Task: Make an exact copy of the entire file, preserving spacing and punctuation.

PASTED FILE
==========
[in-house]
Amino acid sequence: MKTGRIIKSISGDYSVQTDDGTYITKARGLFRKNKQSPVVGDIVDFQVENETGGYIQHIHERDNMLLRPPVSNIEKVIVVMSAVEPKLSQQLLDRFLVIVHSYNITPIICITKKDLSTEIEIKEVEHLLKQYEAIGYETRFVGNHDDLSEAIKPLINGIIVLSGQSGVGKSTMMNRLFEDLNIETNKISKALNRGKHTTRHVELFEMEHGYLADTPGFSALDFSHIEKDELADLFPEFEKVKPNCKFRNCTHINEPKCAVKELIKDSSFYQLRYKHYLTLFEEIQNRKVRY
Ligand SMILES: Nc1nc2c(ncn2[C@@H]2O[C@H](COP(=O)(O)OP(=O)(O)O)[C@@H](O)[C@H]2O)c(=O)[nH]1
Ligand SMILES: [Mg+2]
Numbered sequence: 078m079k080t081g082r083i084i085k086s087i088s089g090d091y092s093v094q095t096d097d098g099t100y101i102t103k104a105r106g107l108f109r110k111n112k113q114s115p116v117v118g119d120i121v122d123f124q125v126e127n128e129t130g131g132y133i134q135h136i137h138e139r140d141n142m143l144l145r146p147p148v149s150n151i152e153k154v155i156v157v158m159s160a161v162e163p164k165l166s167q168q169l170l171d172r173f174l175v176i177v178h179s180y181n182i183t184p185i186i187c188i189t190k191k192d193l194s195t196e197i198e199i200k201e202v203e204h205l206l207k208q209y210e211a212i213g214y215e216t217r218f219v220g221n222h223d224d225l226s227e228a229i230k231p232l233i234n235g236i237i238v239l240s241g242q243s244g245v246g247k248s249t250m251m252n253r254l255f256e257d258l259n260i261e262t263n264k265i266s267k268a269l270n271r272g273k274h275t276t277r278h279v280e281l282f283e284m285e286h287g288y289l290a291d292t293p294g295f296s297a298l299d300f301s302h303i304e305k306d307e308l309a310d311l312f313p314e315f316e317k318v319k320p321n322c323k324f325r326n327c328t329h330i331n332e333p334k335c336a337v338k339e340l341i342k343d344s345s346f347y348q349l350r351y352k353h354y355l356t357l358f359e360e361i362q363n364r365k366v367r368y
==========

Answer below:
[in-house]
Amino acid sequence: MKTGRIIKSISGDYSVQTDDGTYITKARGLFRKNKQSPVVGDIVDFQVENETGGYIQHIHERDNMLLRPPVSNIEKVIVVMSAVEPKLSQQLLDRFLVIVHSYNITPIICITKKDLSTEIEIKEVEHLLKQYEAIGYETRFVGNHDDLSEAIKPLINGIIVLSGQSGVGKSTMMNRLFEDLNIETNKISKALNRGKHTTRHVELFEMEHGYLADTPGFSALDFSHIEKDELADLFPEFEKVKPNCKFRNCTHINEPKCAVKELIKDSSFYQLRYKHYLTLFEEIQNRKVRY
Ligand SMILES: Nc1nc2c(ncn2[C@@H]2O[C@H](COP(=O)(O)OP(=O)(O)O)[C@@H](O)[C@H]2O)c(=O)[nH]1
Ligand SMILES: [Mg+2]
Numbered sequence: 078m079k080t081g082r083i084i085k086s087i088s089g090d091y092s093v094q095t096d097d098g099t100y101i102t103k104a105r106g107l108f109r110k111n112k113q114s115p116v117v118g119d120i121v122d123f124q125v126e127n128e129t130g131g132y133i134q135h136i137h138e139r140d141n142m143l144l145r146p147p148v149s150n151i152e153k154v155i156v157v158m159s160a161v162e163p164k165l166s167q168q169l170l171d172r173f174l175v176i177v178h179s180y181n182i183t184p185i186i187c188i189t190k191k192d193l194s195t196e197i198e199i200k201e202v203e204h205l206l207k208q209y210e211a212i213g214y215e216t217r218f219v220g221n222h223d224d225l226s227e228a229i230k231p232l233i234n235g236i237i238v239l240s241g242q243s244g245v246g247k248s249t250m251m252n253r254l255f256e257d258l259n260i261e262t263n264k265i266s267k268a269l270n271r272g273k274h275t276t277r278h279v280e281l282f283e284m285e286h287g288y289l290a291d292t293p294g295f296s297a298l299d300f301s302h303i304e305k306d307e308l309a310d311l312f313p314e315f316e317k318v319k320p321n322c323k324f325r326n327c328t329h330i331n332e333p334k335c336a337v338k339e340l341i342k343d344s345s346f347y348q349l350r351y352k353h354y355l356t357l358f359e360e361i362q363n364r365k366v367r368y